I agree with Niamh: Professor Brabazon’s advice is perfectly sensible given that she seems to have been advising a student who was panicking about how and where to start. When this happens, you have to do the intellectual equivalent of getting them to take slow and steady breaths! What more confident, more advanced students (or we ourselves) may do is another matter, but for most undergraduates, half the battle is getting them to either not panic or to discriminate more about their sources, depending on the personality of the student in question.

  4. iainmacl Says:

    It’s not just the information load caused by the amount of sources, but also the speed and time factor. With modularisation and semesters we now operate a system which has relentless, unmovable deadlines, continuous assessment and end-of semester exams. There’s little chance a student in such an environment, feels that they can explore the paths and byways of the library (virtual or real) and slowly develop their own individual approach to dealing with sources and honing their skills. On top of this, the essay, the report and the reading that informs it is now so ephemeral it lasts in the student’s consciousness (and probably that of the lecturer) until the deadline, perhaps lingering until feedback is returned but then, mark assigned, is gone and certainly won’t be remembered in the following semester when a new set of tasks and deadlines loom.


    • You’d rather students have the whole semester to delicately “learn at their own pace” (i.e., get smashed every Thursday, Friday, and Saturday) and then cram for exams, most of which are rehashed versions of regurgitation-centric exams given in previous years?

      Modularization and semesterization has finally brought Ireland into the 20th century (yes, 20th) of teaching and learning. It is time “relentless and unmovable” Irish academics get over with it and start learning from international best practices, otherwise this country’s students are going to keep falling further and further behind.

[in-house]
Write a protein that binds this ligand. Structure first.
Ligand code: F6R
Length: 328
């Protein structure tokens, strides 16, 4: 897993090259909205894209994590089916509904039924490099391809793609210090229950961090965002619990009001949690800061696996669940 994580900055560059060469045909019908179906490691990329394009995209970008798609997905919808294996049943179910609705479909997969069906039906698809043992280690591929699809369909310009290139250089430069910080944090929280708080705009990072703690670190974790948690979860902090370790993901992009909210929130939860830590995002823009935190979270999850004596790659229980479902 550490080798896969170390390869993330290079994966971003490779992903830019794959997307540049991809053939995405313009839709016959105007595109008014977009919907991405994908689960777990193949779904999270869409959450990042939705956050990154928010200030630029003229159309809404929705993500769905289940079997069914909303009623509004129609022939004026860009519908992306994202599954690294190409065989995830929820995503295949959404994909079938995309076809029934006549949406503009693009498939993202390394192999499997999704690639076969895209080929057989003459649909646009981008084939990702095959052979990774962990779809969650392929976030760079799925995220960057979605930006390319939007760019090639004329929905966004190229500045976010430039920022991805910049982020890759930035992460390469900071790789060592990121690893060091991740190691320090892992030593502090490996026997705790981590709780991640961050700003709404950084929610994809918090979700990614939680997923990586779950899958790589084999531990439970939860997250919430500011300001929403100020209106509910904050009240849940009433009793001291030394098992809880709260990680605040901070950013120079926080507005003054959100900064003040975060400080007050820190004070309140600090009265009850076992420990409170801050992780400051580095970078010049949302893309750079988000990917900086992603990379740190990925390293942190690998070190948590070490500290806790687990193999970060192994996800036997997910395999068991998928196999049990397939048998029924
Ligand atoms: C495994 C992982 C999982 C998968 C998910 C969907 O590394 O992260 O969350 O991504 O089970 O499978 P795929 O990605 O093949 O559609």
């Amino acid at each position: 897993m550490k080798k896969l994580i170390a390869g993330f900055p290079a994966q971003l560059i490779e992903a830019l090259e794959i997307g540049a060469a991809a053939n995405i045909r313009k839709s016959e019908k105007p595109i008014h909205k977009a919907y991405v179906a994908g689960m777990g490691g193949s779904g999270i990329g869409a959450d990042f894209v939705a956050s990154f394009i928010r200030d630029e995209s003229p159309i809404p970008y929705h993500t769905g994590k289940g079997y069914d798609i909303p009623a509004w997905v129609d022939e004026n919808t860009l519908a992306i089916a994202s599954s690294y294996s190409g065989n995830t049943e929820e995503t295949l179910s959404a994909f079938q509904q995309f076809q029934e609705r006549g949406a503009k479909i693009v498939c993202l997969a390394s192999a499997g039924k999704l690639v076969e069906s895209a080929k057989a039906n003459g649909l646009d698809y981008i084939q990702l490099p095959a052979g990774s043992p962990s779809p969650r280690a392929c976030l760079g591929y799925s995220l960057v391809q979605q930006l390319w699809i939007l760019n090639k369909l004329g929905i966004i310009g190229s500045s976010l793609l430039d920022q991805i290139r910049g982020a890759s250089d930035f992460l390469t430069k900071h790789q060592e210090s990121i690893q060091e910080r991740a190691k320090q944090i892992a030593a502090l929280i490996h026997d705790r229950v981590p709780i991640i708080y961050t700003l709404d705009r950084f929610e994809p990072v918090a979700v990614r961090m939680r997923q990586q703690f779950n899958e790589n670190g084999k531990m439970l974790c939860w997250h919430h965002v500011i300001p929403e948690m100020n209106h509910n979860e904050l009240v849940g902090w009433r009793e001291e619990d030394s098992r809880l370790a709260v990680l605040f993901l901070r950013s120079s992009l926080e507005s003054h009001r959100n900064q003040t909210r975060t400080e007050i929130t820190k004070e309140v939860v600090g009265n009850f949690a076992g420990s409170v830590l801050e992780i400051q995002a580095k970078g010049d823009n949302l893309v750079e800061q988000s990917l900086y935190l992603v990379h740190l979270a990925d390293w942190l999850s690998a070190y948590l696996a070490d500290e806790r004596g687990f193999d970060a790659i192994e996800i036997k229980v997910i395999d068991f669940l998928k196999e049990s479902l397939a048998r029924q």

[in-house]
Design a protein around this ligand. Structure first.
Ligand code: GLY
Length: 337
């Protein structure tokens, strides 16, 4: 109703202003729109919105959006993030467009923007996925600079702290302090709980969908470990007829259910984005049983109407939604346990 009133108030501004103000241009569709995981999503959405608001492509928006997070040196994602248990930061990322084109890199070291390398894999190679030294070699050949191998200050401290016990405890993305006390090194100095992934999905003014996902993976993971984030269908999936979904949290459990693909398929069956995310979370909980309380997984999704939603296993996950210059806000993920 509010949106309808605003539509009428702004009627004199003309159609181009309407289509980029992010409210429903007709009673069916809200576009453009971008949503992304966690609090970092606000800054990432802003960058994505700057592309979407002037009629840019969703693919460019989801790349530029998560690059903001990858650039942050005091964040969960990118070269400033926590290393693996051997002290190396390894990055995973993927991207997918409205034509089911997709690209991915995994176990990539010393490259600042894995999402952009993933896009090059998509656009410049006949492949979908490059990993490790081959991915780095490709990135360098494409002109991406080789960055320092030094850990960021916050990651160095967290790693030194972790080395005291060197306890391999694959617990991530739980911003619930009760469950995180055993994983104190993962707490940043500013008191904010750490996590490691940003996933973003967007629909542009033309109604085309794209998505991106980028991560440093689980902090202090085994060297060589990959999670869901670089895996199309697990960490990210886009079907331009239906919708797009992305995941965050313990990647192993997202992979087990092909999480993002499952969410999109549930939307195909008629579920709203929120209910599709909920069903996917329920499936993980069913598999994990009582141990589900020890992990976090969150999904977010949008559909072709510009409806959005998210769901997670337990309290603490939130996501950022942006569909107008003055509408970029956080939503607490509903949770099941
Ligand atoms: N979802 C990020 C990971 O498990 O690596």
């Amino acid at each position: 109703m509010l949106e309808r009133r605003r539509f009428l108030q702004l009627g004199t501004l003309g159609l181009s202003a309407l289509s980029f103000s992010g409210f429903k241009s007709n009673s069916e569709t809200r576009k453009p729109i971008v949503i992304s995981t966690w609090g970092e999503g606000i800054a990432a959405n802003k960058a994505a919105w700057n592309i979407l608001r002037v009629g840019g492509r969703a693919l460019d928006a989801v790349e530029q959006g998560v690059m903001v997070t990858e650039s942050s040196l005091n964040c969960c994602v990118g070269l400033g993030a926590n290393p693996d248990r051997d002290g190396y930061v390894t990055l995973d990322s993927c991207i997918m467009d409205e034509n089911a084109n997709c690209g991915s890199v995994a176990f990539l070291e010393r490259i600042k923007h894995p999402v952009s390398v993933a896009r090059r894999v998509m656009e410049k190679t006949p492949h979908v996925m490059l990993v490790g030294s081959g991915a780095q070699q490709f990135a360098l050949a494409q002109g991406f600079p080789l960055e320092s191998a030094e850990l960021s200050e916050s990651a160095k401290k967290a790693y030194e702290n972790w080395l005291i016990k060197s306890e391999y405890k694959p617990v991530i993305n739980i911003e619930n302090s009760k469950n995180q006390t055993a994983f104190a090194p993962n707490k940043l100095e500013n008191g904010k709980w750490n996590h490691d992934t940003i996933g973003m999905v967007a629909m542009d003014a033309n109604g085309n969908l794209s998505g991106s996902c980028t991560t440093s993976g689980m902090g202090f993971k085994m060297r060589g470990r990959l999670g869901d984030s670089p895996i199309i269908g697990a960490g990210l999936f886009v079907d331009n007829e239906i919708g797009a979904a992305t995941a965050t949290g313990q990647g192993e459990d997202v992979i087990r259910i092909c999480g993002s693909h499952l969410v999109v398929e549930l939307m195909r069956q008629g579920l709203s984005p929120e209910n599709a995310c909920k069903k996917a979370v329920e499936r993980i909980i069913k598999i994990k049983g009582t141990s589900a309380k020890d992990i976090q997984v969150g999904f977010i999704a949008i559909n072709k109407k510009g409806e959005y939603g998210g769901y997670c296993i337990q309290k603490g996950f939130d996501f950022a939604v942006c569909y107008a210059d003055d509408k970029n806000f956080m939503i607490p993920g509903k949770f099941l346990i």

• iainmacl Says:

        That’s not what I’m implying. Far from it. Actually how can you say that modules/semesters in ‘international best practices’? In particular the ‘best’ part. As for the international, well witness the protests in Germany, Spain and Greece over the Bologna process and indeed the cases of universities which are now going back to terms and year-long courses augmented with continuous assessment after using modules/semesters.

        But that’s not really my argument, its about a more coherent approach to course design linking between and beyond modules., looking at scheduling and types of assessment across the whole programme and not in a fragmented module-by-module basis.


        • Iain, I guess that raises an interesting question: whether in fact we still have a concept of what constitutes a ‘programme’ in valid intellectual terms. I may yet blog on that.

  5. Vincent Says:

    All told, my earlier comment notwithstanding. You were sailing an confident tack one way or another prior to this date thirty years ago. Never came across the law by Murphy.
    I’ll bet the instruction in the Carol to ‘fall on your knees’ was the only reason Murphy did NOT complete.

    I wish you and all of yours a happy Christmas.


  6. […] Constantin Gurdgiev has published a leaked memo indicating that Irish researchers won’t have access to E-Journals for much longer. Our third level institutes are going back to paper and print, it seems, as the rest of the world moves online. Underfunding is looking terminal, bring back fees, for fuck sake, I say. Also: a partially related post from Ferdinand Von Prondzynski. […]